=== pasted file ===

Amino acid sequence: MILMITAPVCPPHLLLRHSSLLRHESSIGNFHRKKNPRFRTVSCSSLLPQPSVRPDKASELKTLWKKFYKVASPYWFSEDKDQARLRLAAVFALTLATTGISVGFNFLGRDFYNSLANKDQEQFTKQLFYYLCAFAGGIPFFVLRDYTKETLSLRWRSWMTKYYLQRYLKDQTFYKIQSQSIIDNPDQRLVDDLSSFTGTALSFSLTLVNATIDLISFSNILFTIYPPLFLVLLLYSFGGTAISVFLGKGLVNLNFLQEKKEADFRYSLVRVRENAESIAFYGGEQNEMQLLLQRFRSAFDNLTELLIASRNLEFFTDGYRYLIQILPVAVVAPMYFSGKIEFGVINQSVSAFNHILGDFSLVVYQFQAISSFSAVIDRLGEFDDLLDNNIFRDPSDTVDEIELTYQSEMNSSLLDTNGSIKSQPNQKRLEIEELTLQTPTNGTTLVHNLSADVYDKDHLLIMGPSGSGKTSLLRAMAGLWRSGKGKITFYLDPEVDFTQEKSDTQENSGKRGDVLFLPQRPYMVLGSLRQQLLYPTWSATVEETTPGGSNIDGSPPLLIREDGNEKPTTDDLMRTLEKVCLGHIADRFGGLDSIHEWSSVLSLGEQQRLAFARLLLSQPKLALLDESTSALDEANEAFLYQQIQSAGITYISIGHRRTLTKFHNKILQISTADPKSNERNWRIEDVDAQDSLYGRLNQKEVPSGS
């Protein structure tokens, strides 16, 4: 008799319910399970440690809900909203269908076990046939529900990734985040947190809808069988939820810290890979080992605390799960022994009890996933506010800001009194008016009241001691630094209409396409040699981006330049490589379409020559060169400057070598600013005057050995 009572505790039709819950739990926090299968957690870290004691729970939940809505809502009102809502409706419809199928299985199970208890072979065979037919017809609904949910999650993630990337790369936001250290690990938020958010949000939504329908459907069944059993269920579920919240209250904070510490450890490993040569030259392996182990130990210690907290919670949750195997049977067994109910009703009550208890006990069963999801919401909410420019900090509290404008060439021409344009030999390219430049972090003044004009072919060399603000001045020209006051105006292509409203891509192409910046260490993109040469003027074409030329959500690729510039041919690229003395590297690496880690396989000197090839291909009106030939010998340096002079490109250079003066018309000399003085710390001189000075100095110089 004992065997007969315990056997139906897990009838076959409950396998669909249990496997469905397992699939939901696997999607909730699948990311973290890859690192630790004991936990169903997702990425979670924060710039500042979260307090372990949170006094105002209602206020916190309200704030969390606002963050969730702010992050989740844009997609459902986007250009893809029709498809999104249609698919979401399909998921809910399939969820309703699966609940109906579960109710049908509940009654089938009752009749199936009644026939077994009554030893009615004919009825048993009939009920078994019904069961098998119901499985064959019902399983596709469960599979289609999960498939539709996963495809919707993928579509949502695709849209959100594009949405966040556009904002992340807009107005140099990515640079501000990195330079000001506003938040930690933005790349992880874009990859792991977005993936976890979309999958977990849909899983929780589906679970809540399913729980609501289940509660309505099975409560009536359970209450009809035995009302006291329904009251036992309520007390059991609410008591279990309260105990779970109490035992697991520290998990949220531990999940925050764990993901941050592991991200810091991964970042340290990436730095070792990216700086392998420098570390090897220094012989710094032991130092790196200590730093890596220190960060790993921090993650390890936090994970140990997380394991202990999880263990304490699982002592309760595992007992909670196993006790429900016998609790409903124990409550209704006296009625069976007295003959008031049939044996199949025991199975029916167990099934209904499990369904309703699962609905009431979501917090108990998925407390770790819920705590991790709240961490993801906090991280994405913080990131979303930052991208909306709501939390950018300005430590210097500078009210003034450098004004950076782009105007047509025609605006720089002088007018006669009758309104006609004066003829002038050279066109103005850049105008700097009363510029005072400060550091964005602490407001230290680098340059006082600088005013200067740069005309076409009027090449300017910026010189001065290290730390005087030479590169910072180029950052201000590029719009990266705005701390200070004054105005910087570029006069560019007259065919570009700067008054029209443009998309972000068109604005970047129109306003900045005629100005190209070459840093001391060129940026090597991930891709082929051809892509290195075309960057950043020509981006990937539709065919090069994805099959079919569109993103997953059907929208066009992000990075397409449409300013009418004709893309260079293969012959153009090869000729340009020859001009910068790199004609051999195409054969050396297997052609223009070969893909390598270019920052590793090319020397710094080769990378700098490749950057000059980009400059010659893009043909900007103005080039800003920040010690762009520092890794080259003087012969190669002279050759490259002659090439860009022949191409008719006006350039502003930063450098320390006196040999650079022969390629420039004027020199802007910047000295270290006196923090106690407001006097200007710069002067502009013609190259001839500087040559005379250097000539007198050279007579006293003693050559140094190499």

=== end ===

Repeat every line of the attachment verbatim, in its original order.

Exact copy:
Amino acid sequence: MILMITAPVCPPHLLLRHSSLLRHESSIGNFHRKKNPRFRTVSCSSLLPQPSVRPDKASELKTLWKKFYKVASPYWFSEDKDQARLRLAAVFALTLATTGISVGFNFLGRDFYNSLANKDQEQFTKQLFYYLCAFAGGIPFFVLRDYTKETLSLRWRSWMTKYYLQRYLKDQTFYKIQSQSIIDNPDQRLVDDLSSFTGTALSFSLTLVNATIDLISFSNILFTIYPPLFLVLLLYSFGGTAISVFLGKGLVNLNFLQEKKEADFRYSLVRVRENAESIAFYGGEQNEMQLLLQRFRSAFDNLTELLIASRNLEFFTDGYRYLIQILPVAVVAPMYFSGKIEFGVINQSVSAFNHILGDFSLVVYQFQAISSFSAVIDRLGEFDDLLDNNIFRDPSDTVDEIELTYQSEMNSSLLDTNGSIKSQPNQKRLEIEELTLQTPTNGTTLVHNLSADVYDKDHLLIMGPSGSGKTSLLRAMAGLWRSGKGKITFYLDPEVDFTQEKSDTQENSGKRGDVLFLPQRPYMVLGSLRQQLLYPTWSATVEETTPGGSNIDGSPPLLIREDGNEKPTTDDLMRTLEKVCLGHIADRFGGLDSIHEWSSVLSLGEQQRLAFARLLLSQPKLALLDESTSALDEANEAFLYQQIQSAGITYISIGHRRTLTKFHNKILQISTADPKSNERNWRIEDVDAQDSLYGRLNQKEVPSGS
């Protein structure tokens, strides 16, 4: 008799319910399970440690809900909203269908076990046939529900990734985040947190809808069988939820810290890979080992605390799960022994009890996933506010800001009194008016009241001691630094209409396409040699981006330049490589379409020559060169400057070598600013005057050995 009572505790039709819950739990926090299968957690870290004691729970939940809505809502009102809502409706419809199928299985199970208890072979065979037919017809609904949910999650993630990337790369936001250290690990938020958010949000939504329908459907069944059993269920579920919240209250904070510490450890490993040569030259392996182990130990210690907290919670949750195997049977067994109910009703009550208890006990069963999801919401909410420019900090509290404008060439021409344009030999390219430049972090003044004009072919060399603000001045020209006051105006292509409203891509192409910046260490993109040469003027074409030329959500690729510039041919690229003395590297690496880690396989000197090839291909009106030939010998340096002079490109250079003066018309000399003085710390001189000075100095110089 004992065997007969315990056997139906897990009838076959409950396998669909249990496997469905397992699939939901696997999607909730699948990311973290890859690192630790004991936990169903997702990425979670924060710039500042979260307090372990949170006094105002209602206020916190309200704030969390606002963050969730702010992050989740844009997609459902986007250009893809029709498809999104249609698919979401399909998921809910399939969820309703699966609940109906579960109710049908509940009654089938009752009749199936009644026939077994009554030893009615004919009825048993009939009920078994019904069961098998119901499985064959019902399983596709469960599979289609999960498939539709996963495809919707993928579509949502695709849209959100594009949405966040556009904002992340807009107005140099990515640079501000990195330079000001506003938040930690933005790349992880874009990859792991977005993936976890979309999958977990849909899983929780589906679970809540399913729980609501289940509660309505099975409560009536359970209450009809035995009302006291329904009251036992309520007390059991609410008591279990309260105990779970109490035992697991520290998990949220531990999940925050764990993901941050592991991200810091991964970042340290990436730095070792990216700086392998420098570390090897220094012989710094032991130092790196200590730093890596220190960060790993921090993650390890936090994970140990997380394991202990999880263990304490699982002592309760595992007992909670196993006790429900016998609790409903124990409550209704006296009625069976007295003959008031049939044996199949025991199975029916167990099934209904499990369904309703699962609905009431979501917090108990998925407390770790819920705590991790709240961490993801906090991280994405913080990131979303930052991208909306709501939390950018300005430590210097500078009210003034450098004004950076782009105007047509025609605006720089002088007018006669009758309104006609004066003829002038050279066109103005850049105008700097009363510029005072400060550091964005602490407001230290680098340059006082600088005013200067740069005309076409009027090449300017910026010189001065290290730390005087030479590169910072180029950052201000590029719009990266705005701390200070004054105005910087570029006069560019007259065919570009700067008054029209443009998309972000068109604005970047129109306003900045005629100005190209070459840093001391060129940026090597991930891709082929051809892509290195075309960057950043020509981006990937539709065919090069994805099959079919569109993103997953059907929208066009992000990075397409449409300013009418004709893309260079293969012959153009090869000729340009020859001009910068790199004609051999195409054969050396297997052609223009070969893909390598270019920052590793090319020397710094080769990378700098490749950057000059980009400059010659893009043909900007103005080039800003920040010690762009520092890794080259003087012969190669002279050759490259002659090439860009022949191409008719006006350039502003930063450098320390006196040999650079022969390629420039004027020199802007910047000295270290006196923090106690407001006097200007710069002067502009013609190259001839500087040559005379250097000539007198050279007579006293003693050559140094190499």